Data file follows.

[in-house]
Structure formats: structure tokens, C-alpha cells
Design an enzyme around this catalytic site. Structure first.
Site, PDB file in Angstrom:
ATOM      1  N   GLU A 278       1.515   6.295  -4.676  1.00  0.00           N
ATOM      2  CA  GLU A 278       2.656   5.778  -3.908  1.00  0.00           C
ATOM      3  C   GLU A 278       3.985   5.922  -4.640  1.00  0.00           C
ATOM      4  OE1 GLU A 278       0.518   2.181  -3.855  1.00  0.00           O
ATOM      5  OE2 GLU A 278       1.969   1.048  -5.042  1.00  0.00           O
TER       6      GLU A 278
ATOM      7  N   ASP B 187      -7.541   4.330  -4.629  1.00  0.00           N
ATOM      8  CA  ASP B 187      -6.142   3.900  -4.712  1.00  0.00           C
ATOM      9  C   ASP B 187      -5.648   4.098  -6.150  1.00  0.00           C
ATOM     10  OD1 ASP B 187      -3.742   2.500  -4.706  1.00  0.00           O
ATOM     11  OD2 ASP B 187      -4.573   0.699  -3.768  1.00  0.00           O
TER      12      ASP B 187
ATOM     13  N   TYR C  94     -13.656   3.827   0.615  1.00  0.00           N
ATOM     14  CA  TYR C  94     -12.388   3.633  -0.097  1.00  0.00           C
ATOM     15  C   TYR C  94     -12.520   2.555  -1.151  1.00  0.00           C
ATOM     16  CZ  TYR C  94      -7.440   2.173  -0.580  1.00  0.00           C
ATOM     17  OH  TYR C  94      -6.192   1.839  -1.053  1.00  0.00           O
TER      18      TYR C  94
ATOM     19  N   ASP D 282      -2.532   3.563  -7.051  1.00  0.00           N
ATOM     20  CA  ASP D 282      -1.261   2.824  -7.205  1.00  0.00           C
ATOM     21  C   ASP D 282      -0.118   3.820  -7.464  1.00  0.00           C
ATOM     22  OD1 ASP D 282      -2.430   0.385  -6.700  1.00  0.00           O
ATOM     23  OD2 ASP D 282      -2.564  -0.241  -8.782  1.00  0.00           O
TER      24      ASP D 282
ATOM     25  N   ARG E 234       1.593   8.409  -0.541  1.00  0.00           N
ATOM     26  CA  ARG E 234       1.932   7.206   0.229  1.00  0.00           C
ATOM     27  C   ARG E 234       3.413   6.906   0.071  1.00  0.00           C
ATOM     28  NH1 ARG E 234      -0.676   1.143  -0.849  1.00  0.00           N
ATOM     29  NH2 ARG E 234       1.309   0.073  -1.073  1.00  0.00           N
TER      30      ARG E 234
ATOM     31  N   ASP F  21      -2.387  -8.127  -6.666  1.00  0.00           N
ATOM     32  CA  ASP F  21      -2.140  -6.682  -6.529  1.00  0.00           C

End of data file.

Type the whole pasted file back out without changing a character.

[in-house]
Structure formats: structure tokens, C-alpha cells
Design an enzyme around this catalytic site. Structure first.
Site, PDB file in Angstrom:
ATOM      1  N   GLU A 278       1.515   6.295  -4.676  1.00  0.00           N
ATOM      2  CA  GLU A 278       2.656   5.778  -3.908  1.00  0.00           C
ATOM      3  C   GLU A 278       3.985   5.922  -4.640  1.00  0.00           C
ATOM      4  OE1 GLU A 278       0.518   2.181  -3.855  1.00  0.00           O
ATOM      5  OE2 GLU A 278       1.969   1.048  -5.042  1.00  0.00           O
TER       6      GLU A 278
ATOM      7  N   ASP B 187      -7.541   4.330  -4.629  1.00  0.00           N
ATOM      8  CA  ASP B 187      -6.142   3.900  -4.712  1.00  0.00           C
ATOM      9  C   ASP B 187      -5.648   4.098  -6.150  1.00  0.00           C
ATOM     10  OD1 ASP B 187      -3.742   2.500  -4.706  1.00  0.00           O
ATOM     11  OD2 ASP B 187      -4.573   0.699  -3.768  1.00  0.00           O
TER      12      ASP B 187
ATOM     13  N   TYR C  94     -13.656   3.827   0.615  1.00  0.00           N
ATOM     14  CA  TYR C  94     -12.388   3.633  -0.097  1.00  0.00           C
ATOM     15  C   TYR C  94     -12.520   2.555  -1.151  1.00  0.00           C
ATOM     16  CZ  TYR C  94      -7.440   2.173  -0.580  1.00  0.00           C
ATOM     17  OH  TYR C  94      -6.192   1.839  -1.053  1.00  0.00           O
TER      18      TYR C  94
ATOM     19  N   ASP D 282      -2.532   3.563  -7.051  1.00  0.00           N
ATOM     20  CA  ASP D 282      -1.261   2.824  -7.205  1.00  0.00           C
ATOM     21  C   ASP D 282      -0.118   3.820  -7.464  1.00  0.00           C
ATOM     22  OD1 ASP D 282      -2.430   0.385  -6.700  1.00  0.00           O
ATOM     23  OD2 ASP D 282      -2.564  -0.241  -8.782  1.00  0.00           O
TER      24      ASP D 282
ATOM     25  N   ARG E 234       1.593   8.409  -0.541  1.00  0.00           N
ATOM     26  CA  ARG E 234       1.932   7.206   0.229  1.00  0.00           C
ATOM     27  C   ARG E 234       3.413   6.906   0.071  1.00  0.00           C
ATOM     28  NH1 ARG E 234      -0.676   1.143  -0.849  1.00  0.00           N
ATOM     29  NH2 ARG E 234       1.309   0.073  -1.073  1.00  0.00           N
TER      30      ARG E 234
ATOM     31  N   ASP F  21      -2.387  -8.127  -6.666  1.00  0.00           N
ATOM     32  CA  ASP F  21      -2.140  -6.682  -6.529  1.00  0.00           C